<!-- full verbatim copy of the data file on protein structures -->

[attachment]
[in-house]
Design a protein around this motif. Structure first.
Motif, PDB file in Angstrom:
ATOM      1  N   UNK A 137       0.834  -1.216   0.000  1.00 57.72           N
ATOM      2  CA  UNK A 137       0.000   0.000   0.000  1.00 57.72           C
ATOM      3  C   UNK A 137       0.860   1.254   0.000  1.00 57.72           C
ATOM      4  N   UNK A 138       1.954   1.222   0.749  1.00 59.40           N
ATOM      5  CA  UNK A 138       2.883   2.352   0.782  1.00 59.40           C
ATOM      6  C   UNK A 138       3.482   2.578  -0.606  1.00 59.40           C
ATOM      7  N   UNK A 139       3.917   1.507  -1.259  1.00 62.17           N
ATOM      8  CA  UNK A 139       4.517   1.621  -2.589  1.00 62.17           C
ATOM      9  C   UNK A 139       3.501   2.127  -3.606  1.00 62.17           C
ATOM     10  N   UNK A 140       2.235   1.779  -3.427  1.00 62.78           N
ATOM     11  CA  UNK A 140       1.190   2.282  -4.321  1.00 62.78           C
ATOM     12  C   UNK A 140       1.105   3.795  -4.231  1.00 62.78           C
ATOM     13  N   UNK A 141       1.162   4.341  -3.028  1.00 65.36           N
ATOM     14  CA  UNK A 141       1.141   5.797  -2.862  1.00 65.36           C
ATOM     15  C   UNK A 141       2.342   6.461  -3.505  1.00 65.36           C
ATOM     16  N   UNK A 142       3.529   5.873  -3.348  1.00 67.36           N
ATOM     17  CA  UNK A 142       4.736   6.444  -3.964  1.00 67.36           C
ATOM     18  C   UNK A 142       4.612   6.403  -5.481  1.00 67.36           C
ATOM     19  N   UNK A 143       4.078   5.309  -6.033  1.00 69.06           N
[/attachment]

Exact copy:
[in-house]
Design a protein around this motif. Structure first.
Motif, PDB file in Angstrom:
ATOM      1  N   UNK A 137       0.834  -1.216   0.000  1.00 57.72           N
ATOM      2  CA  UNK A 137       0.000   0.000   0.000  1.00 57.72           C
ATOM      3  C   UNK A 137       0.860   1.254   0.000  1.00 57.72           C
ATOM      4  N   UNK A 138       1.954   1.222   0.749  1.00 59.40           N
ATOM      5  CA  UNK A 138       2.883   2.352   0.782  1.00 59.40           C
ATOM      6  C   UNK A 138       3.482   2.578  -0.606  1.00 59.40           C
ATOM      7  N   UNK A 139       3.917   1.507  -1.259  1.00 62.17           N
ATOM      8  CA  UNK A 139       4.517   1.621  -2.589  1.00 62.17           C
ATOM      9  C   UNK A 139       3.501   2.127  -3.606  1.00 62.17           C
ATOM     10  N   UNK A 140       2.235   1.779  -3.427  1.00 62.78           N
ATOM     11  CA  UNK A 140       1.190   2.282  -4.321  1.00 62.78           C
ATOM     12  C   UNK A 140       1.105   3.795  -4.231  1.00 62.78           C
ATOM     13  N   UNK A 141       1.162   4.341  -3.028  1.00 65.36           N
ATOM     14  CA  UNK A 141       1.141   5.797  -2.862  1.00 65.36           C
ATOM     15  C   UNK A 141       2.342   6.461  -3.505  1.00 65.36           C
ATOM     16  N   UNK A 142       3.529   5.873  -3.348  1.00 67.36           N
ATOM     17  CA  UNK A 142       4.736   6.444  -3.964  1.00 67.36           C
ATOM     18  C   UNK A 142       4.612   6.403  -5.481  1.00 67.36           C
ATOM     19  N   UNK A 143       4.078   5.309  -6.033  1.00 69.06           N